The national men’s team, the most watched cricket team in this country and still the primary source of income for Cricket SA, endured their worst World Cup in history in England. The team played poorly; they weren’t prepared properly and as a result, the future of the game in this country is at stake.
It can’t only be that it’s the coaches and players who are at fault either. The 7-0 series loss by the SA Under-19 team against their Pakistan counterparts, and the failure of the SA Emerging team - that contained a few players with T20 International experience - to qualify for the final of a triangular series involving a local combined universities team and a touring Sri Lanka squad, points to faults that are systematic.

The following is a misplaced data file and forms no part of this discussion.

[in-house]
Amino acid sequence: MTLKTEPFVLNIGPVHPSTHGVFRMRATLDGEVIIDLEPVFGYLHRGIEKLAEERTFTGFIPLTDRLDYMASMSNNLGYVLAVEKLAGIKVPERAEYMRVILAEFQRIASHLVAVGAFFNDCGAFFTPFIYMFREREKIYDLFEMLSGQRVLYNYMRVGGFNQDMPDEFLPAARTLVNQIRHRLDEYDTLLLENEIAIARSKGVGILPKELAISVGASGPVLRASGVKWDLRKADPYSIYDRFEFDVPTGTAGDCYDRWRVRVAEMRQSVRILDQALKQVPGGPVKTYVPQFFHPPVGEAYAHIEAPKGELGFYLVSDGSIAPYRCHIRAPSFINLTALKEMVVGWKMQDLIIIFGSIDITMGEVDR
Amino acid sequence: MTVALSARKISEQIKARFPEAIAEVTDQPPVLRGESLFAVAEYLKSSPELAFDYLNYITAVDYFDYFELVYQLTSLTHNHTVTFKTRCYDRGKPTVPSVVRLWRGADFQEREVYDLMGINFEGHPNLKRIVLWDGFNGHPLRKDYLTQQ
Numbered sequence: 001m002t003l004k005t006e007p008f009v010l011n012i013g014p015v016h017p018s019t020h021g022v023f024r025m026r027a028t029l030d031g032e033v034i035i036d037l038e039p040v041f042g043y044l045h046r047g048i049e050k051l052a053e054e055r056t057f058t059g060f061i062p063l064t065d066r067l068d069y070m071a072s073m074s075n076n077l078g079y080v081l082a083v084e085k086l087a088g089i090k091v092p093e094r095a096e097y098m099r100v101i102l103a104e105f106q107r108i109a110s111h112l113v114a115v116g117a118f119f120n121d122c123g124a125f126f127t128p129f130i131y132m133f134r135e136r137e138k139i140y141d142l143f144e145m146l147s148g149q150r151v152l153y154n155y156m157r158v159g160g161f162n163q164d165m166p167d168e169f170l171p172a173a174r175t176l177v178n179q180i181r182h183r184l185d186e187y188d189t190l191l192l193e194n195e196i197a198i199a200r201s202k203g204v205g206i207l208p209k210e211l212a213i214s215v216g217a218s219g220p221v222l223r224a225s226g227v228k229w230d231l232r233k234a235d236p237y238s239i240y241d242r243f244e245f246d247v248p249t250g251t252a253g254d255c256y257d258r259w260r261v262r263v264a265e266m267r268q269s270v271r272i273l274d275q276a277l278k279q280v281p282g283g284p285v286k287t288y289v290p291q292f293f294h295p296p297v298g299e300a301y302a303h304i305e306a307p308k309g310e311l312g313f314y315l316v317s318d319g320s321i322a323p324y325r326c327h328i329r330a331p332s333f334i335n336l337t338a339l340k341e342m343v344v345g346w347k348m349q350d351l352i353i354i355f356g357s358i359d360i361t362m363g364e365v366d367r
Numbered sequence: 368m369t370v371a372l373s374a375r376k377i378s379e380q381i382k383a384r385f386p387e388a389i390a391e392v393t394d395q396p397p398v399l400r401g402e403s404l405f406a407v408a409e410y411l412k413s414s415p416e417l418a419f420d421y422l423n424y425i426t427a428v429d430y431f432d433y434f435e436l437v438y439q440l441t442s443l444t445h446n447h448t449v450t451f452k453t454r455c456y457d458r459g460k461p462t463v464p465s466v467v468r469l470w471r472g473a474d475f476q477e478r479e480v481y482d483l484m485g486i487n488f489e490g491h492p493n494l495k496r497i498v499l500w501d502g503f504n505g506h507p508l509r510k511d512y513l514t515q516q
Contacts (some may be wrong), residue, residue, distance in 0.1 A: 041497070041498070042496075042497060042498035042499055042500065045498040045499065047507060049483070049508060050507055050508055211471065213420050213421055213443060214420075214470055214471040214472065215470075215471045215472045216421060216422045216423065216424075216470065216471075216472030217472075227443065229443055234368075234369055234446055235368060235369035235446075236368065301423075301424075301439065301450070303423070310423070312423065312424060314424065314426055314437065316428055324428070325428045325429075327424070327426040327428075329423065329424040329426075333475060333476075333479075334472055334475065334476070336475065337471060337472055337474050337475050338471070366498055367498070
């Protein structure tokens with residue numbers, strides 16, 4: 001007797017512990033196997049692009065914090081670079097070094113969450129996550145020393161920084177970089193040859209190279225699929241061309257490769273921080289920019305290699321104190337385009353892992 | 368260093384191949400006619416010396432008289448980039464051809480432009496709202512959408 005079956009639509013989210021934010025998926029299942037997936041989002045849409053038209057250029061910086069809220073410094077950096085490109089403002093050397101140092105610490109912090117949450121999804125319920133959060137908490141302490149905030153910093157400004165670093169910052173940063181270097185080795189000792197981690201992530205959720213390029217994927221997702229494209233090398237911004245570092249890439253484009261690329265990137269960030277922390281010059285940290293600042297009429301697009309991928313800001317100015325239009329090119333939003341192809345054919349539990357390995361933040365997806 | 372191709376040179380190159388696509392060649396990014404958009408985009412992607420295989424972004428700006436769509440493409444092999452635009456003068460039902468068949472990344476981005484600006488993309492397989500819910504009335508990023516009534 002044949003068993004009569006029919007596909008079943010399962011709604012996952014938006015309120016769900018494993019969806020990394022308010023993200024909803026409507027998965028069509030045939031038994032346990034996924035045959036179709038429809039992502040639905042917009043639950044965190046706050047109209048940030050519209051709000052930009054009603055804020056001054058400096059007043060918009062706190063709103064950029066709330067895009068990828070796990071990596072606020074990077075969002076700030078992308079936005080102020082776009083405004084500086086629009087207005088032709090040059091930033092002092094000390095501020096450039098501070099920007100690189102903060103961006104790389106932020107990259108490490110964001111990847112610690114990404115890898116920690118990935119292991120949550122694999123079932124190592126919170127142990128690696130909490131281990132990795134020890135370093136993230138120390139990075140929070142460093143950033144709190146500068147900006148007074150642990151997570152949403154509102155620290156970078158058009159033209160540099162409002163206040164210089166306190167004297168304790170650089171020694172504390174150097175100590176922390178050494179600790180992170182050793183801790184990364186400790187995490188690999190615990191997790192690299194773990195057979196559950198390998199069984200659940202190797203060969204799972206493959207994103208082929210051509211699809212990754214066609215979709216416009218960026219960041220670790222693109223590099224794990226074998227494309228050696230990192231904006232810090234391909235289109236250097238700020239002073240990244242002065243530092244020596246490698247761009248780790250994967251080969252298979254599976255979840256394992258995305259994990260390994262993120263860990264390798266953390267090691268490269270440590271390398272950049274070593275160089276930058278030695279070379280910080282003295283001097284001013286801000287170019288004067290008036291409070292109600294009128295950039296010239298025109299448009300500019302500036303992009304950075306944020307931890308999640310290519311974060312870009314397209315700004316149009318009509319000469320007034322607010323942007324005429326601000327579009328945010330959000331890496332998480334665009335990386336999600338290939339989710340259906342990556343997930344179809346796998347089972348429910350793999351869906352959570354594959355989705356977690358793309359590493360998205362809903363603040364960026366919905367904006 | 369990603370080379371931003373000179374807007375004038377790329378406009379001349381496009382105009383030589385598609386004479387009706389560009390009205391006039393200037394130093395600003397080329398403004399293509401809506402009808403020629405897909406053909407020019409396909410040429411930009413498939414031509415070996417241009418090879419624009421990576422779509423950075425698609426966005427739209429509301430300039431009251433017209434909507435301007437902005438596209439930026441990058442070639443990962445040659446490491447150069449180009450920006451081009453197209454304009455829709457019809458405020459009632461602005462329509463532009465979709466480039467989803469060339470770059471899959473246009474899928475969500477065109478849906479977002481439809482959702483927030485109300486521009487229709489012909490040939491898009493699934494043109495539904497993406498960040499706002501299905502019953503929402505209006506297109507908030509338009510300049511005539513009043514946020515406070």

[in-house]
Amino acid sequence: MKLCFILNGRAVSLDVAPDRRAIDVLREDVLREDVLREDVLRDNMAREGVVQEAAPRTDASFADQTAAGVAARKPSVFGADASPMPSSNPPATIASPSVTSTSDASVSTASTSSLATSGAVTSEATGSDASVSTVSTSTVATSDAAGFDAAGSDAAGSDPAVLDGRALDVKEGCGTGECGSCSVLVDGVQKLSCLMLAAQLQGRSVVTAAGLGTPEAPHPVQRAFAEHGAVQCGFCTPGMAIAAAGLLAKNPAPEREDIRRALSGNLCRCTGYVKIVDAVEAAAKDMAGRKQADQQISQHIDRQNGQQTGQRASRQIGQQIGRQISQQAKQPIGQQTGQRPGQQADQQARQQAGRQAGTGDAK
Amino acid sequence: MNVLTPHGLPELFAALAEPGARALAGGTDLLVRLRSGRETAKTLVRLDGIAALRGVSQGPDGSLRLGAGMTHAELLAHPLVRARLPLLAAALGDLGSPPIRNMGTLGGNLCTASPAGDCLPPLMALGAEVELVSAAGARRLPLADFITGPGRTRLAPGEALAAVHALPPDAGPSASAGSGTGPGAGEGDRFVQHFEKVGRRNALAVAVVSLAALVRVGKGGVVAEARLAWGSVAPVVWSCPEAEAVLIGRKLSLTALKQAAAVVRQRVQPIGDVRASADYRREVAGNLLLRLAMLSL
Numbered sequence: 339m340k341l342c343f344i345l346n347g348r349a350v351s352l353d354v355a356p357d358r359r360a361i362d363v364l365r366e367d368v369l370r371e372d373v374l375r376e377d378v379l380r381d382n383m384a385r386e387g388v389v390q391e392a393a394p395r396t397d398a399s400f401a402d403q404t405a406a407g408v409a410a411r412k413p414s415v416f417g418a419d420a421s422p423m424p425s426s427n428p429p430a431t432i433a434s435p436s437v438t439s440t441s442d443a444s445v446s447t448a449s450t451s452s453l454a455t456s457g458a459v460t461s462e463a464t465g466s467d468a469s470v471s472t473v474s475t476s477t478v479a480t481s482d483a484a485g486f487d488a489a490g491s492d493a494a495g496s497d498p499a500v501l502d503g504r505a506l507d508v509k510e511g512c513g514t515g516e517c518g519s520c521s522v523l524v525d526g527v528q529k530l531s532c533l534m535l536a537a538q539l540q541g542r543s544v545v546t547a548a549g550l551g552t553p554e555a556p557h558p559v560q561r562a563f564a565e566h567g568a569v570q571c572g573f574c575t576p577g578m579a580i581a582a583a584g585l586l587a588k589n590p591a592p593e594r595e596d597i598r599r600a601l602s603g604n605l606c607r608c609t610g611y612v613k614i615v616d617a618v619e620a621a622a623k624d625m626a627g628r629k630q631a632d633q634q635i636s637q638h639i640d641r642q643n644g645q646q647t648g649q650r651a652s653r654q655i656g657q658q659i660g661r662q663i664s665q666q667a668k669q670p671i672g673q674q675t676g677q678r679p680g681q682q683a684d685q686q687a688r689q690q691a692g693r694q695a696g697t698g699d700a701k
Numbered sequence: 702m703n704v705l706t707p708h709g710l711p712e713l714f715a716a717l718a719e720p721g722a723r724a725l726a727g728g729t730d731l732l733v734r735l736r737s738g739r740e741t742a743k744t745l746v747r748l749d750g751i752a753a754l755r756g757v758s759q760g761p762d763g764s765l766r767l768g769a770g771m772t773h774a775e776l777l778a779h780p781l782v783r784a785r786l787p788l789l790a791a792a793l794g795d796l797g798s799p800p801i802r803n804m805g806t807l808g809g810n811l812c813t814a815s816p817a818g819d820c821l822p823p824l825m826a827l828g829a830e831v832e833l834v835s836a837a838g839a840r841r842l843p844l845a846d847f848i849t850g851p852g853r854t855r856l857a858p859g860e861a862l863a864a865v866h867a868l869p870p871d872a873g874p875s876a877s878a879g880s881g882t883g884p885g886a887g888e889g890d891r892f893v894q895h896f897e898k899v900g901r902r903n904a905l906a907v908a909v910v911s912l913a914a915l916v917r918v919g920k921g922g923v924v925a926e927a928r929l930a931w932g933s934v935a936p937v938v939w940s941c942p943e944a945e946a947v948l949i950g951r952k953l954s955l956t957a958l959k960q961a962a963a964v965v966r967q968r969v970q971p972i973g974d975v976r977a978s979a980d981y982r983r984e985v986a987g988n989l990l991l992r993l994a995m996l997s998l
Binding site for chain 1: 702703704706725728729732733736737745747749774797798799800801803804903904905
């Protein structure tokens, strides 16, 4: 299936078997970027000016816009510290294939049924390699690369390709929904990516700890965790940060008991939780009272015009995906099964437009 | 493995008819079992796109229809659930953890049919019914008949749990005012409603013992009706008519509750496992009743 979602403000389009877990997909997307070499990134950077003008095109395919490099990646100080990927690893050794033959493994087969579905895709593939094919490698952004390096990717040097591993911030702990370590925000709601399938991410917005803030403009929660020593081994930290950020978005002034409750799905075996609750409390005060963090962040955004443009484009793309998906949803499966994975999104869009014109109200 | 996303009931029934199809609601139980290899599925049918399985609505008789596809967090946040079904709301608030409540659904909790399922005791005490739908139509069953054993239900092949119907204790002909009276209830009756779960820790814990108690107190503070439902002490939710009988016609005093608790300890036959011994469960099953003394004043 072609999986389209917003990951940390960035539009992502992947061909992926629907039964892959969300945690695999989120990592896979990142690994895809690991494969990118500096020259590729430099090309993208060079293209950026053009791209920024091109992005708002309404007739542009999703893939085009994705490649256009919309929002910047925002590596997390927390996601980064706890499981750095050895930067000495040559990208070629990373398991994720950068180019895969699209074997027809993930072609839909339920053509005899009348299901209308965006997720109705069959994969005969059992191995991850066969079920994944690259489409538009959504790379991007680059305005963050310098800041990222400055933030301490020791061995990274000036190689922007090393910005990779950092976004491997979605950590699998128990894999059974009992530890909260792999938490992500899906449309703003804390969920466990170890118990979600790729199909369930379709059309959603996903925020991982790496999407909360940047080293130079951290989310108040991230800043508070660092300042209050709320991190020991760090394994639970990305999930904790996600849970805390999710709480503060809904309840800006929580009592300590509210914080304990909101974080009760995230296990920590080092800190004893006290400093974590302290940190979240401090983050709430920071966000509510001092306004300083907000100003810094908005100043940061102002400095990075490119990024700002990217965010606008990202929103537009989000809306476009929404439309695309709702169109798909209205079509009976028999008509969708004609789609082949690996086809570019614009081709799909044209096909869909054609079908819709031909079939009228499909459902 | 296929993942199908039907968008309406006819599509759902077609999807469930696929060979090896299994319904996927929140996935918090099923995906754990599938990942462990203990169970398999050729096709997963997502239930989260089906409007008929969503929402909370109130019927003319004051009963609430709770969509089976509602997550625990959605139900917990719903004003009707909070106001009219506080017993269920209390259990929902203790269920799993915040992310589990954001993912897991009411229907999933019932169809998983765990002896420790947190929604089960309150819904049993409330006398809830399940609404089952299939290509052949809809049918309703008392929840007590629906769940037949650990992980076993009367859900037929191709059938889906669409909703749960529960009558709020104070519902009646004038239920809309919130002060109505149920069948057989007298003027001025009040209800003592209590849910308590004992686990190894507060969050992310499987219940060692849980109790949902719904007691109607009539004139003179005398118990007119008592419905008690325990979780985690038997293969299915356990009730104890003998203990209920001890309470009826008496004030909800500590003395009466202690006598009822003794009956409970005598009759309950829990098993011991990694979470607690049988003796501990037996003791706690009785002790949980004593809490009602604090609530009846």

Throw in the failure of the national women’s team at last year’s T20 World Cup and it’s clear that CSA’s administrators - from the Board of Directors to the Members Council, made up of all the provincial union presidents - need to ask themselves some very tough questions.
How much of the blame for the malaise the sport finds itself in currently is their fault? Certainly, the Proteas aren’t responsible for a forecast debt of R654 million. Nor are they responsible for a poorly arranged T20 competition that made no money (in fact, costing close to R100 million), nor are the players responsible for the mess about restructuring the domestic game.